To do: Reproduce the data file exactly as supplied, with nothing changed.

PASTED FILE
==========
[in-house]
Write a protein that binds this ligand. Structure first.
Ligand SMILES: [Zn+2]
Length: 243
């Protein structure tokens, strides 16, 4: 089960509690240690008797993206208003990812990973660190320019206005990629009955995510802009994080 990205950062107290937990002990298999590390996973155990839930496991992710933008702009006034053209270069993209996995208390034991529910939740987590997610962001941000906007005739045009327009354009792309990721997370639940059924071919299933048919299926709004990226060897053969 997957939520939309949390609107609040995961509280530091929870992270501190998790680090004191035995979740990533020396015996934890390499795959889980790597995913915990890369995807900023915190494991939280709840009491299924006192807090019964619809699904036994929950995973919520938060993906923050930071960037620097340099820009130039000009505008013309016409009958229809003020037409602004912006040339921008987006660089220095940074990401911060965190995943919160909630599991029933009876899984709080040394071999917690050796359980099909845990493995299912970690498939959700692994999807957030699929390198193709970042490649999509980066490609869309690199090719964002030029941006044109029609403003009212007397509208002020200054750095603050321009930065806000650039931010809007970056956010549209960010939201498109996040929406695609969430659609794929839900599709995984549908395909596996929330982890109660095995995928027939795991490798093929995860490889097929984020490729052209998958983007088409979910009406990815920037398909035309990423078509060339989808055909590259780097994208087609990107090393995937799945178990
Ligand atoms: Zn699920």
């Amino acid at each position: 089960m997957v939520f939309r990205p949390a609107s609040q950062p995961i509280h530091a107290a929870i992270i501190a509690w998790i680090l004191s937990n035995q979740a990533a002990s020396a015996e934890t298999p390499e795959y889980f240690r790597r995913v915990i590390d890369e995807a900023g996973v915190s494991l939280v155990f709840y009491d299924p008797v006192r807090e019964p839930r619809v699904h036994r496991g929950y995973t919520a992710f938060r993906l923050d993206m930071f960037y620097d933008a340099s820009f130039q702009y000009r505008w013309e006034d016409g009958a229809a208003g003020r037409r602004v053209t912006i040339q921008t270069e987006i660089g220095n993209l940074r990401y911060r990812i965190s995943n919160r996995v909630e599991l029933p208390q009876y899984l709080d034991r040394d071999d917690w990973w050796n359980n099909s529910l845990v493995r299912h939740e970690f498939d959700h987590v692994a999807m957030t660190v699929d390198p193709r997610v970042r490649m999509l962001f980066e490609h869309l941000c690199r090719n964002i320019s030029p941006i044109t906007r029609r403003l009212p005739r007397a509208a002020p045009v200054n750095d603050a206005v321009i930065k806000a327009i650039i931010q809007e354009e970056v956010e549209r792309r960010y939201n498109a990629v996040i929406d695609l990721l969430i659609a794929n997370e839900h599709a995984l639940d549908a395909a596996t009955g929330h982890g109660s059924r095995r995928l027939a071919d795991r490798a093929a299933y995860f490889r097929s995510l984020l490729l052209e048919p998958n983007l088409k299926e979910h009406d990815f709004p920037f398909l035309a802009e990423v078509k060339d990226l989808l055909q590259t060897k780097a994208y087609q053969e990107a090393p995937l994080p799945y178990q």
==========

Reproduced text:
[in-house]
Write a protein that binds this ligand. Structure first.
Ligand SMILES: [Zn+2]
Length: 243
């Protein structure tokens, strides 16, 4: 089960509690240690008797993206208003990812990973660190320019206005990629009955995510802009994080 990205950062107290937990002990298999590390996973155990839930496991992710933008702009006034053209270069993209996995208390034991529910939740987590997610962001941000906007005739045009327009354009792309990721997370639940059924071919299933048919299926709004990226060897053969 997957939520939309949390609107609040995961509280530091929870992270501190998790680090004191035995979740990533020396015996934890390499795959889980790597995913915990890369995807900023915190494991939280709840009491299924006192807090019964619809699904036994929950995973919520938060993906923050930071960037620097340099820009130039000009505008013309016409009958229809003020037409602004912006040339921008987006660089220095940074990401911060965190995943919160909630599991029933009876899984709080040394071999917690050796359980099909845990493995299912970690498939959700692994999807957030699929390198193709970042490649999509980066490609869309690199090719964002030029941006044109029609403003009212007397509208002020200054750095603050321009930065806000650039931010809007970056956010549209960010939201498109996040929406695609969430659609794929839900599709995984549908395909596996929330982890109660095995995928027939795991490798093929995860490889097929984020490729052209998958983007088409979910009406990815920037398909035309990423078509060339989808055909590259780097994208087609990107090393995937799945178990
Ligand atoms: Zn699920």
């Amino acid at each position: 089960m997957v939520f939309r990205p949390a609107s609040q950062p995961i509280h530091a107290a929870i992270i501190a509690w998790i680090l004191s937990n035995q979740a990533a002990s020396a015996e934890t298999p390499e795959y889980f240690r790597r995913v915990i590390d890369e995807a900023g996973v915190s494991l939280v155990f709840y009491d299924p008797v006192r807090e019964p839930r619809v699904h036994r496991g929950y995973t919520a992710f938060r993906l923050d993206m930071f960037y620097d933008a340099s820009f130039q702009y000009r505008w013309e006034d016409g009958a229809a208003g003020r037409r602004v053209t912006i040339q921008t270069e987006i660089g220095n993209l940074r990401y911060r990812i965190s995943n919160r996995v909630e599991l029933p208390q009876y899984l709080d034991r040394d071999d917690w990973w050796n359980n099909s529910l845990v493995r299912h939740e970690f498939d959700h987590v692994a999807m957030t660190v699929d390198p193709r997610v970042r490649m999509l962001f980066e490609h869309l941000c690199r090719n964002i320019s030029p941006i044109t906007r029609r403003l009212p005739r007397a509208a002020p045009v200054n750095d603050a206005v321009i930065k806000a327009i650039i931010q809007e354009e970056v956010e549209r792309r960010y939201n498109a990629v996040i929406d695609l990721l969430i659609a794929n997370e839900h599709a995984l639940d549908a395909a596996t009955g929330h982890g109660s059924r095995r995928l027939a071919d795991r490798a093929a299933y995860f490889r097929s995510l984020l490729l052209e048919p998958n983007l088409k299926e979910h009406d990815f709004p920037f398909l035309a802009e990423v078509k060339d990226l989808l055909q590259t060897k780097a994208y087609q053969e990107a090393p995937l994080p799945y178990q």